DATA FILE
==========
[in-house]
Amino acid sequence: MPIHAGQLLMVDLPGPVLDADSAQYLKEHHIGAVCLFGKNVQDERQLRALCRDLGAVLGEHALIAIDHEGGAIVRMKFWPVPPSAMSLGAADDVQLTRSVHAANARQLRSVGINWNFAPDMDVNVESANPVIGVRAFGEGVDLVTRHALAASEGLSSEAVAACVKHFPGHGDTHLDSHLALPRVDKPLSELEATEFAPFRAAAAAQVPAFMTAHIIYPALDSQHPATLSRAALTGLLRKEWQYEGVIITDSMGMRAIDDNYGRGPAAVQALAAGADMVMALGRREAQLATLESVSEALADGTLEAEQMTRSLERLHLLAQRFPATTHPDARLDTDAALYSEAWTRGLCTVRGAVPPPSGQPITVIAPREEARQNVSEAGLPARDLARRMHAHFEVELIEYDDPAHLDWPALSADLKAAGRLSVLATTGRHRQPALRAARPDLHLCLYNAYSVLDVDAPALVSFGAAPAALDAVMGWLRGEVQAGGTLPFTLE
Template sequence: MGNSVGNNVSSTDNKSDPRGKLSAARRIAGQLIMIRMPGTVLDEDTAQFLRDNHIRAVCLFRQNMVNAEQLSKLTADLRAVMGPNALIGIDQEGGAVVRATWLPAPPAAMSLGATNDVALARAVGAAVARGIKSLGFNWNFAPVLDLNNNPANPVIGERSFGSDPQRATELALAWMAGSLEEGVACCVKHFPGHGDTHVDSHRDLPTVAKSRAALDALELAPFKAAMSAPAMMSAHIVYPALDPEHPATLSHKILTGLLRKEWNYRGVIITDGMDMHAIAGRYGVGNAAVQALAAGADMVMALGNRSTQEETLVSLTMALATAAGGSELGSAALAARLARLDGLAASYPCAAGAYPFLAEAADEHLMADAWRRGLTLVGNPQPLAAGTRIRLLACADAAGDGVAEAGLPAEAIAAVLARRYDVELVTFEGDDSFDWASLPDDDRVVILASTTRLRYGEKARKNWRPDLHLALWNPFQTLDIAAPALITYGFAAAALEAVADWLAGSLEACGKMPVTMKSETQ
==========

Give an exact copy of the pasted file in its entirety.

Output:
[in-house]
Amino acid sequence: MPIHAGQLLMVDLPGPVLDADSAQYLKEHHIGAVCLFGKNVQDERQLRALCRDLGAVLGEHALIAIDHEGGAIVRMKFWPVPPSAMSLGAADDVQLTRSVHAANARQLRSVGINWNFAPDMDVNVESANPVIGVRAFGEGVDLVTRHALAASEGLSSEAVAACVKHFPGHGDTHLDSHLALPRVDKPLSELEATEFAPFRAAAAAQVPAFMTAHIIYPALDSQHPATLSRAALTGLLRKEWQYEGVIITDSMGMRAIDDNYGRGPAAVQALAAGADMVMALGRREAQLATLESVSEALADGTLEAEQMTRSLERLHLLAQRFPATTHPDARLDTDAALYSEAWTRGLCTVRGAVPPPSGQPITVIAPREEARQNVSEAGLPARDLARRMHAHFEVELIEYDDPAHLDWPALSADLKAAGRLSVLATTGRHRQPALRAARPDLHLCLYNAYSVLDVDAPALVSFGAAPAALDAVMGWLRGEVQAGGTLPFTLE
Template sequence: MGNSVGNNVSSTDNKSDPRGKLSAARRIAGQLIMIRMPGTVLDEDTAQFLRDNHIRAVCLFRQNMVNAEQLSKLTADLRAVMGPNALIGIDQEGGAVVRATWLPAPPAAMSLGATNDVALARAVGAAVARGIKSLGFNWNFAPVLDLNNNPANPVIGERSFGSDPQRATELALAWMAGSLEEGVACCVKHFPGHGDTHVDSHRDLPTVAKSRAALDALELAPFKAAMSAPAMMSAHIVYPALDPEHPATLSHKILTGLLRKEWNYRGVIITDGMDMHAIAGRYGVGNAAVQALAAGADMVMALGNRSTQEETLVSLTMALATAAGGSELGSAALAARLARLDGLAASYPCAAGAYPFLAEAADEHLMADAWRRGLTLVGNPQPLAAGTRIRLLACADAAGDGVAEAGLPAEAIAAVLARRYDVELVTFEGDDSFDWASLPDDDRVVILASTTRLRYGEKARKNWRPDLHLALWNPFQTLDIAAPALITYGFAAAALEAVADWLAGSLEACGKMPVTMKSETQ